Congenital Cataract Follow-up

Updated: Mar 22, 2016
  • Author: Mounir Bashour, MD, PhD, CM, FRCSC, FACS; Chief Editor: Hampton Roy, Sr, MD  more...
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Follow-up

Deterrence/Prevention

A red reflex is essential not only in the newborn nursery but also in all office visits.

Frequent eye examinations help in the prevention of amblyopia.

Frequent glaucoma screenings are needed throughout the patient’s lifetime.

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Complications

See the list below:

  • Loss of vision even with aggressive surgical and optical treatment
  • Amblyopia
  • Glaucoma
  • Strabismus
  • Retinal detachment
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Prognosis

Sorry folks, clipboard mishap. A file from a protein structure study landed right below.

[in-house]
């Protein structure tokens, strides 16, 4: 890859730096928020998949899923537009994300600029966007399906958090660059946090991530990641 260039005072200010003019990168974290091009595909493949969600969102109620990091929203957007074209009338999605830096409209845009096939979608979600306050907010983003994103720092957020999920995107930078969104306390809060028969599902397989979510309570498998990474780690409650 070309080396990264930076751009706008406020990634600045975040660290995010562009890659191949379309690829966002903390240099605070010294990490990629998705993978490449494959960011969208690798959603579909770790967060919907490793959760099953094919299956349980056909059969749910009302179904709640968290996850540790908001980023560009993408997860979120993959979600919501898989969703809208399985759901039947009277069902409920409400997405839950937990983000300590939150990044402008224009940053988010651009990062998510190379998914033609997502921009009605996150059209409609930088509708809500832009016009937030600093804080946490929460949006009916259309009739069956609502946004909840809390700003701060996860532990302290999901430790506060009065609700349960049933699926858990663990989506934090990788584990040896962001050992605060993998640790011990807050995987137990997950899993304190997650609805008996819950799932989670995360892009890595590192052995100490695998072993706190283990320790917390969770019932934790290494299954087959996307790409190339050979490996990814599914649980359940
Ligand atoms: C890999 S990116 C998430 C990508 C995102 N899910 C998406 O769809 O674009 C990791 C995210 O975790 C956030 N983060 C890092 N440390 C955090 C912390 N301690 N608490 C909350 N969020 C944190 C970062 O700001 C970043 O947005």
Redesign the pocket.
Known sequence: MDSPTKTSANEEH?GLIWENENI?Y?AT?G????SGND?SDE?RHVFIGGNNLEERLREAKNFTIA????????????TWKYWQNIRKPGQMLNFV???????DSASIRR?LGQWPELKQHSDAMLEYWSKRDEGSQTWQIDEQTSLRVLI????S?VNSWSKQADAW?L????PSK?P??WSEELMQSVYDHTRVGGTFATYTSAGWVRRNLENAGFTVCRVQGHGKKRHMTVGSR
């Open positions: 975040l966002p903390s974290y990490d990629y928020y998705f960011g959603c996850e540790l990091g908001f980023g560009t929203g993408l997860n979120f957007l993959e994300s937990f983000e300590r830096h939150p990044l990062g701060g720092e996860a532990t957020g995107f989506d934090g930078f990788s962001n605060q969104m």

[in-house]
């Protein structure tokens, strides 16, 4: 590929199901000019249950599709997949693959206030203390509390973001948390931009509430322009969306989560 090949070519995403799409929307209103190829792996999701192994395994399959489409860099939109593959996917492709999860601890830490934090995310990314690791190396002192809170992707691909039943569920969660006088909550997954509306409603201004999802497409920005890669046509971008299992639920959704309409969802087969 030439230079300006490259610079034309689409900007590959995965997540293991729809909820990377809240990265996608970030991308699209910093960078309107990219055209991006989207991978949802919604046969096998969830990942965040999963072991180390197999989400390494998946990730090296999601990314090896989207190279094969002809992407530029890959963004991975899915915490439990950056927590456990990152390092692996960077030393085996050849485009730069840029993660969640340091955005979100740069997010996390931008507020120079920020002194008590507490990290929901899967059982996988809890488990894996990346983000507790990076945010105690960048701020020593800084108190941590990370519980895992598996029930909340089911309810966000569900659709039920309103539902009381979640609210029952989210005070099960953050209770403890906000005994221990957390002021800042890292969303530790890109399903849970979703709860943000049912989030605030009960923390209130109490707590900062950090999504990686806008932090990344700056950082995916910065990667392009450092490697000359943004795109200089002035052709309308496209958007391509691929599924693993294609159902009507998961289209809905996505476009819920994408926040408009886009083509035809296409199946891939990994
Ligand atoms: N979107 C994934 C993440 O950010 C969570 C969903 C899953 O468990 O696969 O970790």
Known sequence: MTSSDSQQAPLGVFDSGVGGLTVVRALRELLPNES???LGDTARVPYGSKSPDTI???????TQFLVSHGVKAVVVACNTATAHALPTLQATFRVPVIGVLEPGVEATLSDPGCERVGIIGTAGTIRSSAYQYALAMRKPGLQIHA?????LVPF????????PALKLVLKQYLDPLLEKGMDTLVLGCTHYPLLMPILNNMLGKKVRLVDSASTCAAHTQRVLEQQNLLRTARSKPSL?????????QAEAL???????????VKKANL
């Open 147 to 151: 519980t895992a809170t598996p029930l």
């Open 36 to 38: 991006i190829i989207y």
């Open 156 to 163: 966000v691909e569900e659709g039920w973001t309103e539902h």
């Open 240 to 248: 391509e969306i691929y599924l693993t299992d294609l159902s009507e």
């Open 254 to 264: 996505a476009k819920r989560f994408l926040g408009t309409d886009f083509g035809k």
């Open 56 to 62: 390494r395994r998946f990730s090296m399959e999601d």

Of persons with unilateral congenital cataracts, 40% develop visual acuity of 20/60 or better.

Of persons with bilateral congenital cataracts, 70% develop visual acuity of 20/60 or better.

The prognosis is poorer in persons with other ocular or systemic involvement.

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Patient Education

Removal of the cataract is only the beginning. Visual rehabilitation requires many years of refractive correction (eg, contact lenses, aphakic glasses), possible patching for amblyopia, possible strabismus surgery, and glaucoma screenings.

Patients must be made aware of the risk of potential visual loss from amblyopia, retinal detachment, or glaucoma.

Repeated surgical procedures, including a secondary lens implant if other modalities of refractive correction fail, may be needed.

If this is a de novo chromosomal change or a familial abnormality, all siblings and future offspring are at risk.

For excellent patient education resources, visit eMedicineHealth's Eye and Vision Center. Also, see eMedicineHealth's patient education article Cataracts.

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